Tuesday, April 2, 2013

Why Global-Intuitive Students May Mistake Superficial Analysis for the Real Thing

Global processors are always looking for the big picture, the overview, or the roadmap in learning - they want to know the essentials and the end result.  Intuitive processors are curioius about concepts, abstractions, theories, and policies and seek out relationships among ideas - they are synthesis peole.  When these two breadth-processing styles combine as strong preferences, the learners can sometimes assume they know a course when they only know the gist of a course.

These processors are more tempted to take shortcuts in learning: skim a case, read the canned brief, produce a cursory outline, and write conclusory memos.  They often come out of exams with comments like "I guess I didn't know Torts as well as I thought."  They are shocked when reviewing an exam to see that they never analyzed element three even though they knew the analysis.  The analysis stayed in their heads instead of making it to the paper for the professor to grade.

Global-intuitive students tend to make mistakes on exams that stem from their breadth of learning without sufficient depth of learning, thinking, and organizing.  For example, on fact-pattern essay exams, they leave out the steps of their analysis because they think the professor will know how they got from point A to point D without having to lay it out.  It is true that the professor knows how to get there, but the professor needs to know that the student knows how to get there (rather than a lucky guess) to give points on the exam.  On multiple-choice exams, they tend to pick by gut rather than carefully consider every answer option.  Consequently, they look at the options that match their conclusion (guilty, admissible, liable) and miss the best answer that is not guilty unless, inadmissible unless, or liable only if.  Alternatively, they may not know which of two better answers is best because they do not know the nuances of the law on which the question turns.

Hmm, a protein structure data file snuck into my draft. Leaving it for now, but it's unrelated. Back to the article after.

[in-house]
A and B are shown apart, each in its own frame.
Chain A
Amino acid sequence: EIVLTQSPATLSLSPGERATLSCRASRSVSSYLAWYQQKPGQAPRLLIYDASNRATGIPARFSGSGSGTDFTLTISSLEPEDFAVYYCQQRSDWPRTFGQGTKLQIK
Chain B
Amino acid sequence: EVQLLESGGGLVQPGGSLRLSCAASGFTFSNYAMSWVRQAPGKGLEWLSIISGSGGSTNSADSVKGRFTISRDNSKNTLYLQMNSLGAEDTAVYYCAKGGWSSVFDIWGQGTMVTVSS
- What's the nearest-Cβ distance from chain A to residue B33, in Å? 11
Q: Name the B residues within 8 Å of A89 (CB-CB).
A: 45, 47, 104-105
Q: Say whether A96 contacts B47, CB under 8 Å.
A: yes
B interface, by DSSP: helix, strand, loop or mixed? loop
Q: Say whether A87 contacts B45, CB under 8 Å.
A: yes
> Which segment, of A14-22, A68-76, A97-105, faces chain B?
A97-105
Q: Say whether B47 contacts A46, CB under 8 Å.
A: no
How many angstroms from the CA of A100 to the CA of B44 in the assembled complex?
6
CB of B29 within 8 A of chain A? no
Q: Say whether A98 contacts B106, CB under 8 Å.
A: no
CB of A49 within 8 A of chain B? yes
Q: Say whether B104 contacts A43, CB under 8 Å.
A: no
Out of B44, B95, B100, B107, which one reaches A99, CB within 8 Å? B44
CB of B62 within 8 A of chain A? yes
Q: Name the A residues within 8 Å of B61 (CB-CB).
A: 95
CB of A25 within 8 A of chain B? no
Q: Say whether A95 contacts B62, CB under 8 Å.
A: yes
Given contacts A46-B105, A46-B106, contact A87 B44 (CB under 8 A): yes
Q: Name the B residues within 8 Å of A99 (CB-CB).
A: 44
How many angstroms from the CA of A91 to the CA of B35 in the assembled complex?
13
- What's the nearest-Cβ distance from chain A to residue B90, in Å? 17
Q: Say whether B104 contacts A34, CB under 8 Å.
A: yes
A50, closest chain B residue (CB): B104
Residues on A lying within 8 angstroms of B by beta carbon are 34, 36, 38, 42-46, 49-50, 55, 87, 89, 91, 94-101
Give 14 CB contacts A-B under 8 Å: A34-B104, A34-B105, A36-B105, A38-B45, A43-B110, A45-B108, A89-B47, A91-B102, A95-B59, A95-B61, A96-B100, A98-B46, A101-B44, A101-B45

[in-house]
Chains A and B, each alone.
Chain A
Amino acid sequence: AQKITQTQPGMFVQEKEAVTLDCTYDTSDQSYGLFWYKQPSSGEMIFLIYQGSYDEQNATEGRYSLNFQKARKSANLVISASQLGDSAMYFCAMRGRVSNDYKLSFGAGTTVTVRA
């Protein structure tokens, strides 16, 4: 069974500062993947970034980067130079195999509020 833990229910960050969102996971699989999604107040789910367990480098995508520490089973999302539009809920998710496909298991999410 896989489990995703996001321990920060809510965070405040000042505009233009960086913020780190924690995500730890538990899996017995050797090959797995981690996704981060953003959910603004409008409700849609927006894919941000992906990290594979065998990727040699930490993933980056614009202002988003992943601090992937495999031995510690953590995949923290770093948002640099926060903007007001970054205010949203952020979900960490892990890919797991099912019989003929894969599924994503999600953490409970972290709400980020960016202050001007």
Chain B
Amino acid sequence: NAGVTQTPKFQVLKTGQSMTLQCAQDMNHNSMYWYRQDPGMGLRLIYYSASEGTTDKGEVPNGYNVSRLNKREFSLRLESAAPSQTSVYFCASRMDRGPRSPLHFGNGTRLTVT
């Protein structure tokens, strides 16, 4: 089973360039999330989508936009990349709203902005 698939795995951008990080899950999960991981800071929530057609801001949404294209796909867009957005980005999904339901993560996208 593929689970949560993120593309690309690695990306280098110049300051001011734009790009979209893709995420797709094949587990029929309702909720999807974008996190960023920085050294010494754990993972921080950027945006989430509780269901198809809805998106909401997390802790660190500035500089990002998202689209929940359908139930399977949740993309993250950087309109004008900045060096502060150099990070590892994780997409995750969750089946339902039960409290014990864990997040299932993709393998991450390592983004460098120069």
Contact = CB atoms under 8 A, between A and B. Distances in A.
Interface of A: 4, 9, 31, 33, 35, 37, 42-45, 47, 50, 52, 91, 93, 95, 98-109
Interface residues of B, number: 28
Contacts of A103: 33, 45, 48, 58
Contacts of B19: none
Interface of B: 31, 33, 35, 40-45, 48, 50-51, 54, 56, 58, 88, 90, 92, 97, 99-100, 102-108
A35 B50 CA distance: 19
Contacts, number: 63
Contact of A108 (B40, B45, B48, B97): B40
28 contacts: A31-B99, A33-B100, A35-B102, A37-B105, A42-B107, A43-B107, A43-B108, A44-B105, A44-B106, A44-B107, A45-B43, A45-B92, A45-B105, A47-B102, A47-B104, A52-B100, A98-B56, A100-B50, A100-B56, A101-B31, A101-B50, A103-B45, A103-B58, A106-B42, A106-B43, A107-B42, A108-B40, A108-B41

There are several ways that global-intuitive students can help themselves to develop more in-depth understanding of the law and gain more points on exams:

  • Avoid shortcuts that tempt one to only know the gist of a course: canned briefs, scripts, outlines of other students.
  • Spend time memorizing the precise wording of the rules, definitions of elements, and other law so that one is not fuzzy on elements, factors, variations. or other items.
  • For essay exams: Write out fact-pattern essay answers instead of just thinking about them; get feedback from professors, teaching assistants, or classmates on the depth of analysis.
  • For multiple-choice exams: Complete lots of practice questions and read the answer explanations in the book to learn the nuances of the law rather than just the gist of the law.
  • Take the time to read, analyze, and organize an essay answer.  The rule of thumb is to use 1/3 of the time for a question to do these steps and then 2/3 of the time to write the answer.
  • Use a chart to organize the essay answer rather than hold information in one's head.  Rows can indicate the parties to the dispute.  Columns can indicate the elements or factors that need to be discussed.  One can enter facts, cases to be mentioned, and policy arguments in the appropriate cells as a careful read of the fact pattern is completed. 
  • When writing the essay answer, change the audience one writes to - instead of writing to the professor, write the answer as though explaining the law to a non-lawyer (your cousin, grandmother, little brother).  Connecting the dots is easier when writing to a lay audience.
  • When writing the essay answer, ask "why?" at the end of each sentence.  If an explanation for the statement is not there, keep writing and add the "because" to the sentence.
  • Carefully weigh each answer choice on multiple-choice tests; look for the best answer rather than the superficially right answer.
  • Slow down in exams and use all of the time given.  Global-intuitives tend to finish early which often indicates that they missed smaller issues, did not fully analyze the arguments, or did not read the questions carefully enough. 

  (Amy Jarmon) 


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